Our students are letting us know they've been seeking protection in America's halls of democracy for the last 60 years. They are trying to tell us that our police, Supreme Court, Congress, and Justice Department aren’t getting the job done. Our schools are more segregated than they were before Brown v. Board, housing discrimination as rampant as it was prior to the Fair Housing Act, lynchings outsourced to police, security guards, and neighborhood watchmen, and oversight agencies refusing to do their jobs.

They are telling us if we love free speech, order, college football, and the many other things that make America great, we'll start owning these legitimate grievances. And if we don't, they're putting us on notice we don't belong on campus teaching them, in deans' offices advising them, in presidents' offices representing them, or on newspaper editorial boards writing for them. They are putting us on notice that they are willing to do what it takes to replace us with people who take protecting them seriously.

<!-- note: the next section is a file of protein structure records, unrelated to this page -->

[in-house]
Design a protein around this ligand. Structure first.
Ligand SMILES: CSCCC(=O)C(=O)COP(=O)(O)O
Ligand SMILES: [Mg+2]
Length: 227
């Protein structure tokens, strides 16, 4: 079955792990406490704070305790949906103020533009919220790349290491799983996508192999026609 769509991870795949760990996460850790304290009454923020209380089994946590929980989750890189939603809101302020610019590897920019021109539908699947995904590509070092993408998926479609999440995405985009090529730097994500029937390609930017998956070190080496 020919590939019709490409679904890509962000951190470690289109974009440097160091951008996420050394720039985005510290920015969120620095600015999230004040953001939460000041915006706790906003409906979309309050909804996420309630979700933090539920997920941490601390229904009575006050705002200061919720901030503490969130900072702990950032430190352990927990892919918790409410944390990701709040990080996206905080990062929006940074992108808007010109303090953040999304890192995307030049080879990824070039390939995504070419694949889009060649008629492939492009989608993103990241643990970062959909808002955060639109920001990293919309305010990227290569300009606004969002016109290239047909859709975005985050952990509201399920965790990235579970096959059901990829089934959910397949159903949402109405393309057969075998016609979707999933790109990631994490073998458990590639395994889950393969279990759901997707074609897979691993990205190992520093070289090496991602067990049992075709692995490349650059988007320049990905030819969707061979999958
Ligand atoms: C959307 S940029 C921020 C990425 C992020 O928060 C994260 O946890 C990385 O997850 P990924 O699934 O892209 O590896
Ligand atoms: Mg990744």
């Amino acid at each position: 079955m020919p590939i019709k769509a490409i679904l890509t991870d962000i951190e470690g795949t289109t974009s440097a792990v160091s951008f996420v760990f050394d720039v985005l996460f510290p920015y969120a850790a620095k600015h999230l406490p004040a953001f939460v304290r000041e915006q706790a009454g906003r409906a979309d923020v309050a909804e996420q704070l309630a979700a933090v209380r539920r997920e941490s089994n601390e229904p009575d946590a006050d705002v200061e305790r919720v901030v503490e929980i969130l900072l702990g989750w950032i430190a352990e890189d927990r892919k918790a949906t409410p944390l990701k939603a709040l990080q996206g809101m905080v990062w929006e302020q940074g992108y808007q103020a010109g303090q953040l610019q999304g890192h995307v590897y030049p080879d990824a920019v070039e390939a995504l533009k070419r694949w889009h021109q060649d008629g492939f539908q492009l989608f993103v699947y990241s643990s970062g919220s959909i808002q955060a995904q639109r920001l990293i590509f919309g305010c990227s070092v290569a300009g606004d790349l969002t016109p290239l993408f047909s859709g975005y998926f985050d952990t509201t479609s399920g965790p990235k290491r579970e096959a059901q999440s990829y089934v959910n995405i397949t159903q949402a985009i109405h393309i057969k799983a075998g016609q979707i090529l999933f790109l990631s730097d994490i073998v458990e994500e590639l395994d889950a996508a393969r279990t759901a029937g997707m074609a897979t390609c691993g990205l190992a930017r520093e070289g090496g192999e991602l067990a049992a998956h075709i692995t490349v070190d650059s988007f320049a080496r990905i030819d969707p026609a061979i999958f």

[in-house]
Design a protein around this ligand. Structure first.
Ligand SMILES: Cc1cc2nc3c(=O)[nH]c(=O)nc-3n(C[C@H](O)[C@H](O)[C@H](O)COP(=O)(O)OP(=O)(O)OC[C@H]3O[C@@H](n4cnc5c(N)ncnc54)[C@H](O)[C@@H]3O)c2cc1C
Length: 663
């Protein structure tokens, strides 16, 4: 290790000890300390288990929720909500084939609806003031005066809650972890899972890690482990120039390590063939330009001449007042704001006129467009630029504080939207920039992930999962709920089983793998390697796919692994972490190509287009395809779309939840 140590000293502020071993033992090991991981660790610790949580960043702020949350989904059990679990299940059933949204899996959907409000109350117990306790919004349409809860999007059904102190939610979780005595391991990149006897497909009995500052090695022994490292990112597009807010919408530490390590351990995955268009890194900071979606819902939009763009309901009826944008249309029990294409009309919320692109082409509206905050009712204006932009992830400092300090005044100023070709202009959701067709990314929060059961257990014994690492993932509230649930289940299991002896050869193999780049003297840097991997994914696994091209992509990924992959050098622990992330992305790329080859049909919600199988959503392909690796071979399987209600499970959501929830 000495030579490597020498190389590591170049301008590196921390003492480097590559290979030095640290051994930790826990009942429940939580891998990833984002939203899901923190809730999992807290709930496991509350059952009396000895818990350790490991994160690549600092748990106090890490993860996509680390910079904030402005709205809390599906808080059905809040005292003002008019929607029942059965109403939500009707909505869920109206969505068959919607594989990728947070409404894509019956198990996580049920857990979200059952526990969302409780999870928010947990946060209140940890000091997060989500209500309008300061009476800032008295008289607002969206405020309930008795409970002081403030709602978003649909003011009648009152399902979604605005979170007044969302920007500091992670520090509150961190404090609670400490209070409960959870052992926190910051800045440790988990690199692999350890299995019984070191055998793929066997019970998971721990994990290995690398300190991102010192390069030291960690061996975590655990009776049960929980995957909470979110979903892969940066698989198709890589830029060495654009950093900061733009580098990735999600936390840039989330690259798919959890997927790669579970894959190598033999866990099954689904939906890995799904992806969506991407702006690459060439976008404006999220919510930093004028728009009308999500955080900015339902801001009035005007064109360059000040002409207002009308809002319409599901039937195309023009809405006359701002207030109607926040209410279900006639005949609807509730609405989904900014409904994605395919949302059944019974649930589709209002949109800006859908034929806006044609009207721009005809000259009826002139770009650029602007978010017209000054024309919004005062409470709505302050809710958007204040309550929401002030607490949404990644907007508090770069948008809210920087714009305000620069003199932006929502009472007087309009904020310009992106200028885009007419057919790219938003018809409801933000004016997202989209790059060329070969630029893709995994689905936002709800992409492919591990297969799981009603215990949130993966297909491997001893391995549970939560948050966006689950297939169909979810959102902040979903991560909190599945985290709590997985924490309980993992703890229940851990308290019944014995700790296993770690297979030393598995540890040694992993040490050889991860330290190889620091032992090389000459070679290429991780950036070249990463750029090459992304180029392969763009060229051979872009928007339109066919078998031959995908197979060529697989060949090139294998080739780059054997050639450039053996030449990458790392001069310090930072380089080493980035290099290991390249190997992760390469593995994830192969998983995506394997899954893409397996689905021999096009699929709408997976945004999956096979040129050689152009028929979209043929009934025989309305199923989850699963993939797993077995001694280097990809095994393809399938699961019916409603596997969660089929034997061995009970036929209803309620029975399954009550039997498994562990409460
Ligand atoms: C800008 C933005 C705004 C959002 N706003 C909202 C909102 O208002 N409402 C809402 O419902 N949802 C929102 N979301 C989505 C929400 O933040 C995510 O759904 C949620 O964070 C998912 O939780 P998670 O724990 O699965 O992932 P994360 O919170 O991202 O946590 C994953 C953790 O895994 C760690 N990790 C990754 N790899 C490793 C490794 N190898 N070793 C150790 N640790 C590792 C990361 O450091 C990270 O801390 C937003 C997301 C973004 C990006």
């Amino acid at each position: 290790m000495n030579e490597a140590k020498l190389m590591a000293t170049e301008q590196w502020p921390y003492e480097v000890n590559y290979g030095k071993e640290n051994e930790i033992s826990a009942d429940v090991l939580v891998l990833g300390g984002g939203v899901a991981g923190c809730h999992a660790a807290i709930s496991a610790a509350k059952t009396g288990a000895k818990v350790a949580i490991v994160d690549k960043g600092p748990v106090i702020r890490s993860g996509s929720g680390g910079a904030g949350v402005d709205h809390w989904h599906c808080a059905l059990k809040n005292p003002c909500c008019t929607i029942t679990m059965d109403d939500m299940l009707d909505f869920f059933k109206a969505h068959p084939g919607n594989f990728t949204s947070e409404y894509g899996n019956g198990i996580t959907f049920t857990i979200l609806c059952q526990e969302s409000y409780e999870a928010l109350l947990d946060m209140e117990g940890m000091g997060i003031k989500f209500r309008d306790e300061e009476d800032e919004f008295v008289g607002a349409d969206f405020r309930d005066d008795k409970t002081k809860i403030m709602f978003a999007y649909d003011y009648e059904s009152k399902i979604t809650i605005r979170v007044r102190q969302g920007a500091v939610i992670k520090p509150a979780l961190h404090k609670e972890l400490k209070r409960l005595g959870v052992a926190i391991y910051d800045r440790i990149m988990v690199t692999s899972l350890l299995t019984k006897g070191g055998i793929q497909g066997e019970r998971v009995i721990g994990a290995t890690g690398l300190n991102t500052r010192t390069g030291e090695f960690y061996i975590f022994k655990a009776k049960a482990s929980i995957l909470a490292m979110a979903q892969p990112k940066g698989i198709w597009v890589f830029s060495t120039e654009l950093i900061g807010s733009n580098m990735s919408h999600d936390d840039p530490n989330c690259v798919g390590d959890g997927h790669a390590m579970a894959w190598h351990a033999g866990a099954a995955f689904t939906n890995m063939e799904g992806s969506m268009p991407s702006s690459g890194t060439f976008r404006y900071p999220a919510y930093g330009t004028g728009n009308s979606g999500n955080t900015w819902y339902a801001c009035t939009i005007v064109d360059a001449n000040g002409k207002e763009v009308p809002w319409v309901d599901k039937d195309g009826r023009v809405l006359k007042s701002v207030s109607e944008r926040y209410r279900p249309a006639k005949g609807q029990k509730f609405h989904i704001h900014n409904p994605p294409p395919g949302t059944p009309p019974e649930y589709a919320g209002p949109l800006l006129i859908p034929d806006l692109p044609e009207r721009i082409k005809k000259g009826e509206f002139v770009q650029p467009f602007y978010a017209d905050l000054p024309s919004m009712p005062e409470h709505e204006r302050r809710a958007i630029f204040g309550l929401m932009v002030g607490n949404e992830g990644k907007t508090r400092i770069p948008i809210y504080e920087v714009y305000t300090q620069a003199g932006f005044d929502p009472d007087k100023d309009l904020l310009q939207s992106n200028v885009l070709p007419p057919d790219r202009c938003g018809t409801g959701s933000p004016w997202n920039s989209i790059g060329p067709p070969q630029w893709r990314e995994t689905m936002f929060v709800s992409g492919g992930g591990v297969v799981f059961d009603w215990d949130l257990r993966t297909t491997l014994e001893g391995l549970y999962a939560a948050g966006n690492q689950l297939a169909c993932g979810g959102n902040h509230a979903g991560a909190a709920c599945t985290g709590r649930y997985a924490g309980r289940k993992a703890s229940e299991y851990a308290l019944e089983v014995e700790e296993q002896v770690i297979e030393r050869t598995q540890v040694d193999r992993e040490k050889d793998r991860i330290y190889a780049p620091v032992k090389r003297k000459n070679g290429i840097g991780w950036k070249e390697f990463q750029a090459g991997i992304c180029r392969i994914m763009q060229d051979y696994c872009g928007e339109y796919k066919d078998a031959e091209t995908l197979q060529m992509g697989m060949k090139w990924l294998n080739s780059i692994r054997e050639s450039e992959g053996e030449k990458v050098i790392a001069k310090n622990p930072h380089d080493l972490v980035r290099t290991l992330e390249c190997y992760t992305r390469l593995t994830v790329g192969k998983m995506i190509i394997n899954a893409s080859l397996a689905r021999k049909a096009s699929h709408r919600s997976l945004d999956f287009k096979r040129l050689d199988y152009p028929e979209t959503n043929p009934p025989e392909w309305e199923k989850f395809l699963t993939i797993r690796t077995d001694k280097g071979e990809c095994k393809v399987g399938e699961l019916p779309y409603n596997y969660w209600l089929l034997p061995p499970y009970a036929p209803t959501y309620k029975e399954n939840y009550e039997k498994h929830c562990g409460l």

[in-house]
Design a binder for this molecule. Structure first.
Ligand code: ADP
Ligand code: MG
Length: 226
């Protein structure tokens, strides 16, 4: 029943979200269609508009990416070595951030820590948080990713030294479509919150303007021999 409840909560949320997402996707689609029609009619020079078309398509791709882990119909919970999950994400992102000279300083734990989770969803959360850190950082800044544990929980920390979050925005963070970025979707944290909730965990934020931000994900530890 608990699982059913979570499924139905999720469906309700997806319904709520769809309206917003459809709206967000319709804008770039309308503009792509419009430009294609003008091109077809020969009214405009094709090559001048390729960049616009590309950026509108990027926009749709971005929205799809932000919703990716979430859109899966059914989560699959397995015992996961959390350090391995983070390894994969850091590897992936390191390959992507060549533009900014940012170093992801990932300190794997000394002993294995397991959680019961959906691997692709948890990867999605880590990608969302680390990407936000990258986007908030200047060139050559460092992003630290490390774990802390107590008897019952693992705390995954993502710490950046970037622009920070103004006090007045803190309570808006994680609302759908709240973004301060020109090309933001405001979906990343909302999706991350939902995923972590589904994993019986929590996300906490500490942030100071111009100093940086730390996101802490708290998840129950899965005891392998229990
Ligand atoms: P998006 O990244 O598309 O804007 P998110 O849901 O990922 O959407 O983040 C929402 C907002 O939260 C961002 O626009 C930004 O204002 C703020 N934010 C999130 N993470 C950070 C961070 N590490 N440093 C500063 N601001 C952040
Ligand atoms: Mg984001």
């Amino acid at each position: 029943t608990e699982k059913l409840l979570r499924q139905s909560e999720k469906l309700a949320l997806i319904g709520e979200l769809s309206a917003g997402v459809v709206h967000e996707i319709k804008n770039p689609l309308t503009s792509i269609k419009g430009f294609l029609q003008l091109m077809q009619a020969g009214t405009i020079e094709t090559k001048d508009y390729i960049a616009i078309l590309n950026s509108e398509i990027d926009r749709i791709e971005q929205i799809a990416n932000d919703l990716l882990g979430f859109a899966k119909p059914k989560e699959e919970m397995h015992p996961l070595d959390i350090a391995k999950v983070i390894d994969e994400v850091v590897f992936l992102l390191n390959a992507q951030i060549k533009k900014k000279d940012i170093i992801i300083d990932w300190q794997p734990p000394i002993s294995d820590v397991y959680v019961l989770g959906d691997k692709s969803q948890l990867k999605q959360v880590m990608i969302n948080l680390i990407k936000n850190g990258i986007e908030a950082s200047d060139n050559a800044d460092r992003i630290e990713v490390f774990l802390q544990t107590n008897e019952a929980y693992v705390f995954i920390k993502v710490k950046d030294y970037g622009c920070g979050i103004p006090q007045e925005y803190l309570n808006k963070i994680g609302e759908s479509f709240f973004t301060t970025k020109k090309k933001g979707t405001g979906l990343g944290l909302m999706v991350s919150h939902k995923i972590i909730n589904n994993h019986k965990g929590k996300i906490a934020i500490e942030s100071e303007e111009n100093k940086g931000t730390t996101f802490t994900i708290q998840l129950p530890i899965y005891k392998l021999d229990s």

When compelling interests collide, the Supreme Court has often held that there are exceptions to constitutional speech protections. Try exercising your 1st Amendment right to protest on the Court's front steps, for example, and you will quickly find yourself moved across the street or wearing steel bracelets in a transport wagon. This is because the safety of the Court’s clerks, lawyers and justices warrants exception. America's college students should be treated no differently. There is no more compelling interest than protecting students from ubiquitous racial trauma on campus.

Yelling #freespeechmatters!—or anything other than “you got it” in response to such demands for protection—and doubling down when it is brought to our attention that we’re dead wrong, is little more than a genteel academic version of showing up to Black Lives Matter rallies and drowning students out with chants of #alllivesmatter!